IMG_4504

Finally all the flowers were finished and it was time to join them together using the green color. This step was a join-as-you-go method, I found it easiest to work on a flat surface. I would join together a row of flower squares, and then work the filler motifs in the open space. Every few rows I would stop and weave in the tails for the green.

Photo courtesy of MainlyCrochet.com

Photo courtesy of MainlyCrochet.com

When all the motifs were completed I blocked the entire piece. You can see how it opened up nicely. I sent the project and pattern off to Michele and waited for it to be put up on the website. The plan was for a Spring release of it, this was back in Spring 2o13. Unfortunately, as can happen, the yarn we had chosen was discontinued about that time.

Michele returned the original sample to me at the show in North Carolina that Fall, but we weren’t sure what we wanted to do.

Both of us really liked the sparkly yarn for this design and it got me thinking about other yarns we could use. At first I was really stuck to the idea of using a fingering or sock weight yarn. Then I stumble upon the idea of working with a slightly heavier weight yarn. I sent off an email to Michele suggesting that we use Red Heart’s “Shimmer” yarn. The colors would be more intense, but we would still have the same sparkle.

Photo courtesy of MainlyCrochet.com

Photo courtesy of MainlyCrochet.com

Because the motifs would be a bit larger I had to modify the original pattern. One thing that helped was there would be fewer motifs, so fewer ends to weave in. Hooray!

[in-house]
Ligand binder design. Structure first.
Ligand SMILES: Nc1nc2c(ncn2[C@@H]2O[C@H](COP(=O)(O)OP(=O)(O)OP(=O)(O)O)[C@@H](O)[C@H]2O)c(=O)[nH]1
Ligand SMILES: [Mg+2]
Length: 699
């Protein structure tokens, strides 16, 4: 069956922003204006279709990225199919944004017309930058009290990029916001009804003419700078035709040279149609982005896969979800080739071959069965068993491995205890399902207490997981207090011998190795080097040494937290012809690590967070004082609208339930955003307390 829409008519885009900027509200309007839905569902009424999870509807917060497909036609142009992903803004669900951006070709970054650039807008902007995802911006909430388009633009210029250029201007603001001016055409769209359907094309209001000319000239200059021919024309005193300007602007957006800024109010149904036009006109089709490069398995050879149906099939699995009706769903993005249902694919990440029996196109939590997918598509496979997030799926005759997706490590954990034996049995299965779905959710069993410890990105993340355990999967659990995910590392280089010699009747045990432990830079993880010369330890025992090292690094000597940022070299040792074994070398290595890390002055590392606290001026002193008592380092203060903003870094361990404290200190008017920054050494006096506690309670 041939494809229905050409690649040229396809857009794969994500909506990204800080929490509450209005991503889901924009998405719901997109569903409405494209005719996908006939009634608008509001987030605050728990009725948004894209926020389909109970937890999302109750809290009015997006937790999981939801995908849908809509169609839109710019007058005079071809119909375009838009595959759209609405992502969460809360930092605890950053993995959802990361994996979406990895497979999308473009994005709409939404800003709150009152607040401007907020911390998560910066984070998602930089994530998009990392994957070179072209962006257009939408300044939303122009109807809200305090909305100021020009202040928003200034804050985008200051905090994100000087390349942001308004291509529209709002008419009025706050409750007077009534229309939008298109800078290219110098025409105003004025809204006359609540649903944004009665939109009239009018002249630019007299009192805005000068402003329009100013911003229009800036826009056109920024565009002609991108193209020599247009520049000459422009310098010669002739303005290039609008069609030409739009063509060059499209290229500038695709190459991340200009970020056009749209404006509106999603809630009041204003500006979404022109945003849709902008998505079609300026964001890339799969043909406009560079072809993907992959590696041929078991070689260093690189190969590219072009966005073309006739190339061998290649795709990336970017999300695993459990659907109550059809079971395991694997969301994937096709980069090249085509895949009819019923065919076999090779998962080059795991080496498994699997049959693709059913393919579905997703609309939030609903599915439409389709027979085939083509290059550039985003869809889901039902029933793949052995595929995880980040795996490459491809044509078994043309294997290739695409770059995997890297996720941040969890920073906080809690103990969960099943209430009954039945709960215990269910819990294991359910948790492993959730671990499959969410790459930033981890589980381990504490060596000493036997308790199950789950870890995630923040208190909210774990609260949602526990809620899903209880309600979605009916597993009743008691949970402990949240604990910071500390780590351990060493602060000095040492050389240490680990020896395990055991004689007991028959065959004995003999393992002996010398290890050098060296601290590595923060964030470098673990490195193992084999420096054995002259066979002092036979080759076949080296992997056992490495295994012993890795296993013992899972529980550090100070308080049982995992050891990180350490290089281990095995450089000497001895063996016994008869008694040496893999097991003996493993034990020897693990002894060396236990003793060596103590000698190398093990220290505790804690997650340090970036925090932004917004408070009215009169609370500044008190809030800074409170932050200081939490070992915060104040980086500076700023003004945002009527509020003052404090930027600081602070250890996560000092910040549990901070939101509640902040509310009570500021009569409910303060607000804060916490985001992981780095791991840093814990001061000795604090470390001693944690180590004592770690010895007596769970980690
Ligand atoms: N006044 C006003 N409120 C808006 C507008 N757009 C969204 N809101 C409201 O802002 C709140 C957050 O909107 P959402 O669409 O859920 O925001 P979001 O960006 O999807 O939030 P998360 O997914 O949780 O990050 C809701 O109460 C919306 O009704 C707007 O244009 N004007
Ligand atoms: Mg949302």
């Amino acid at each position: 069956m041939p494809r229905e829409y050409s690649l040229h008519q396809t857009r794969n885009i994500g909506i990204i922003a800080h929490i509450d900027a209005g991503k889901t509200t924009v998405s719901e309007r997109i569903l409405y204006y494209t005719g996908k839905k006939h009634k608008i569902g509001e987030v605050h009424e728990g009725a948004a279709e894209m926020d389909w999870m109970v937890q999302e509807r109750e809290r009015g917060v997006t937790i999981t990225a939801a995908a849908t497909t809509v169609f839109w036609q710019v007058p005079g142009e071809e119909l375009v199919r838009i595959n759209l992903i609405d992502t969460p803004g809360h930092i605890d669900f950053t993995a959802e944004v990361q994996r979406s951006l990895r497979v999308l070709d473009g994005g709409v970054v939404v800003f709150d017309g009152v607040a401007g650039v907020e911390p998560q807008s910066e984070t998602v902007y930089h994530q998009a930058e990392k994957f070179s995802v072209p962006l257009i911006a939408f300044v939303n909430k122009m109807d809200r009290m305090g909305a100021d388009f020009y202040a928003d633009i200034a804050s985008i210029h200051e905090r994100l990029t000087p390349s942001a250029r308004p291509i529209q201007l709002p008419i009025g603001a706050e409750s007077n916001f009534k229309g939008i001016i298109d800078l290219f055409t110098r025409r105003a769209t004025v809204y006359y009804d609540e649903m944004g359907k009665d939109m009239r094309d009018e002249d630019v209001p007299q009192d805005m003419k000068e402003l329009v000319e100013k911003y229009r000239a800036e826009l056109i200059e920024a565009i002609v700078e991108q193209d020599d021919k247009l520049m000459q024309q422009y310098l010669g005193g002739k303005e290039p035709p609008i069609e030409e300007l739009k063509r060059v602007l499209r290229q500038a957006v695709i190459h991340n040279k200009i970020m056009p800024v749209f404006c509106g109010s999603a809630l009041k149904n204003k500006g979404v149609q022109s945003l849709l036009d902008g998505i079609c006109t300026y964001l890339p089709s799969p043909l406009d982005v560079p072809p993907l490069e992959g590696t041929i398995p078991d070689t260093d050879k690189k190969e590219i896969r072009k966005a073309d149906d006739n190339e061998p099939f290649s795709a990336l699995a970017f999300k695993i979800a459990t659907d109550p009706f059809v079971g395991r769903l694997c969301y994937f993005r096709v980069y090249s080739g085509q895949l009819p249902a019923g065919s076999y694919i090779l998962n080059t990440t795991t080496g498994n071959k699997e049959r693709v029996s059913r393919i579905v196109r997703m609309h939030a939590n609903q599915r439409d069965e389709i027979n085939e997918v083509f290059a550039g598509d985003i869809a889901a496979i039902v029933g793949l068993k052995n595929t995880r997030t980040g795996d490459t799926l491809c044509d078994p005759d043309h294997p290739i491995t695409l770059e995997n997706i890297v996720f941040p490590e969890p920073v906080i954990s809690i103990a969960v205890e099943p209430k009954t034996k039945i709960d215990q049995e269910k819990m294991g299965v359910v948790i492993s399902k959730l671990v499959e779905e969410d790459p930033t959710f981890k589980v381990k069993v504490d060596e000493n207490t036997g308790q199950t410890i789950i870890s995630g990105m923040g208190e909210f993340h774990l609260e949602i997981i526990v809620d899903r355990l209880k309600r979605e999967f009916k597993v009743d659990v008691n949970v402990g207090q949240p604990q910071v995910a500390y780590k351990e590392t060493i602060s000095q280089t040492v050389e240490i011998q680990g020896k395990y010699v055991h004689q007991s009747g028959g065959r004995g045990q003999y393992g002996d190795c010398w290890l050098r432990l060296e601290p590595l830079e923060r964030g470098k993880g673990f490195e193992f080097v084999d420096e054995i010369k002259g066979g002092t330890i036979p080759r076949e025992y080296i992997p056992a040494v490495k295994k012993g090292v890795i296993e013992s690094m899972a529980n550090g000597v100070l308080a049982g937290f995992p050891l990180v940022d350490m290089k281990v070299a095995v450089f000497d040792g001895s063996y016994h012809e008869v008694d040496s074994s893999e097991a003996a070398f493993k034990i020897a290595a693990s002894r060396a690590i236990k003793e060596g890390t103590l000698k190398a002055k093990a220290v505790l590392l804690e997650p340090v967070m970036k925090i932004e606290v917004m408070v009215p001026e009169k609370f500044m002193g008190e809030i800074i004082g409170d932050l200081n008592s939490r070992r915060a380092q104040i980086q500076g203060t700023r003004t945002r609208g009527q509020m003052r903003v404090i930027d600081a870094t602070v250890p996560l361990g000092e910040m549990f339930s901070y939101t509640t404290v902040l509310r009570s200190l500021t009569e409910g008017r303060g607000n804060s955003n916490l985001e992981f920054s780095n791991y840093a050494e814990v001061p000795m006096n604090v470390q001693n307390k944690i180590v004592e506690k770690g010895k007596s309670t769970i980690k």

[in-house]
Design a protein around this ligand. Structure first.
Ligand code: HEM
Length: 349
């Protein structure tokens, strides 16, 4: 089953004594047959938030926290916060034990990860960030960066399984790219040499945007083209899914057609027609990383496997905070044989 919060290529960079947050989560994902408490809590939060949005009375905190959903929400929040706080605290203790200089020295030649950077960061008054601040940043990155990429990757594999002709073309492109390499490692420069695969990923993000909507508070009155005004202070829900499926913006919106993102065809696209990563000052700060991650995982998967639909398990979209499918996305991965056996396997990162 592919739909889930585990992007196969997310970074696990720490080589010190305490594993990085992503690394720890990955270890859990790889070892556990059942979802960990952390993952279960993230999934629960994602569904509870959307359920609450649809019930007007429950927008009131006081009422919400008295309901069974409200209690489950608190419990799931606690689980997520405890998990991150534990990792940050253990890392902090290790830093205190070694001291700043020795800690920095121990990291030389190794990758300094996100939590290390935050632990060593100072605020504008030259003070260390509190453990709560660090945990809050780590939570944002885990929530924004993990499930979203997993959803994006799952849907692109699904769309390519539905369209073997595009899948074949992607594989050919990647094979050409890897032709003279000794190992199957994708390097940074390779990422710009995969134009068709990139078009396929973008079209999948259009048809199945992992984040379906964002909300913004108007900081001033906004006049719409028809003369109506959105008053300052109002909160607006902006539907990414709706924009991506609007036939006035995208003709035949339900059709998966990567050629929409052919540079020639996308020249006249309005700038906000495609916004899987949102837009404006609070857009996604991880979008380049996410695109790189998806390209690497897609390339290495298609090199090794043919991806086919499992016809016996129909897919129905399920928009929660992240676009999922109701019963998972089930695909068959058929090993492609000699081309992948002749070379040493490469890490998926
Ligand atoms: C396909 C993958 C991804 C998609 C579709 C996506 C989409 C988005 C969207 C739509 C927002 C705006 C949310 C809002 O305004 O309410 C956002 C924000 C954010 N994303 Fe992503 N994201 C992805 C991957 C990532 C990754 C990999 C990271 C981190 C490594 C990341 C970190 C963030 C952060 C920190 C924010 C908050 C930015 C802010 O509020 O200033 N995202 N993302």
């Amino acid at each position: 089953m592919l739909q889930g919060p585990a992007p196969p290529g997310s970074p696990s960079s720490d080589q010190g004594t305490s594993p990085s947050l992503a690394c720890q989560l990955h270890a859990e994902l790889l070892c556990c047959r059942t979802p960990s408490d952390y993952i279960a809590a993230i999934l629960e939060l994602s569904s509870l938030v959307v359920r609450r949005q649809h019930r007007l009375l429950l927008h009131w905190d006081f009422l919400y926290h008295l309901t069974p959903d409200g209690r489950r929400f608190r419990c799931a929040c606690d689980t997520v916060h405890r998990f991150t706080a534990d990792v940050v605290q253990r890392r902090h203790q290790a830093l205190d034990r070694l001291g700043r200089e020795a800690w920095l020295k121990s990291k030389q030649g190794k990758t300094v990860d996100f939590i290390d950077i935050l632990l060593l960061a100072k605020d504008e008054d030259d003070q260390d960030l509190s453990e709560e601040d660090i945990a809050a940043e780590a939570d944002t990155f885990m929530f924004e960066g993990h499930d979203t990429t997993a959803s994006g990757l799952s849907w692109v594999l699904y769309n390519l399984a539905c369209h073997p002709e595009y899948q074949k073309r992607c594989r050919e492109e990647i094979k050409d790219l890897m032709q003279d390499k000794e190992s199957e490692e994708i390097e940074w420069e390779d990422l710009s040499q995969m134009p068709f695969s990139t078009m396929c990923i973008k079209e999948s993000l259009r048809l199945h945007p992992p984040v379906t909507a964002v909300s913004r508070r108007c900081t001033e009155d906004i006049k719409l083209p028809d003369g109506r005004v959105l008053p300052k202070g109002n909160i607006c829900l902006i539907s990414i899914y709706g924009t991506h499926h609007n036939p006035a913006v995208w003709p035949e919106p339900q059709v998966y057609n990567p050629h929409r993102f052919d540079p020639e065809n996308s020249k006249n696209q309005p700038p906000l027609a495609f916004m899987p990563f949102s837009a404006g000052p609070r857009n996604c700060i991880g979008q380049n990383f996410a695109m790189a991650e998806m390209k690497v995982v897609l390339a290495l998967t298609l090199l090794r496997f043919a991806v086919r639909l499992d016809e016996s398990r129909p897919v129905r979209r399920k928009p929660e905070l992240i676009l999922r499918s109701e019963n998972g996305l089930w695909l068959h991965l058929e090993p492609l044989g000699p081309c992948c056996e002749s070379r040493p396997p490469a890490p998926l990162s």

flower stole2 flatb

This version of the design has 33 flower motifs and 20 filler motifs, so is much quicker to crochet up. We also changed the way the colors are mixed together. The centers of the flowers are a multi-colored yarn and the petals are a solid color in the same tone. Then we picked a dark plum to frame out the flowers. I was really pleased with the way the flowers “pop” in this version.

If you are coming to the Knit and Crochet Show this week you may spot me wearing the original version of the Flower Power Stole, or you can see the “Shimmer” version at the MainlyCrochet.com Booth. Be sure to stop by and see all the wonderful projects that are on the site. If you aren’t at the show you can still go visit MainlyCrochet.com and subscribe to have access to all the lovely patterns.

I’m writing this blog post from Jan’s house in New Jersey. Tomorrow we load up the car and drive to Manchester, New Hampshire for the Knit & Crochet Show. Hope to see many of my yarnie friends there and for those that aren’t there I’ll try to have some posts about our adventures as soon as I can.

 


Responses

  1. Interesting to hear how you attacked and solved a problem. But with “petal tail” being mentioned many times, the phrase began running around my head, and I soon realized that it was a tongue twister–for me at least–say it quickly five times, and see if you don’t end up with “petal tetal,” as I consistently do.

    • LOL! Petal Tail is only mentioned once, but I can see that it caught your attention. Happy to entertain you though Zoomie.

      P.S. You could work this project in thread if you wanted and use it for a table runner (or give it to your mom as a wrap).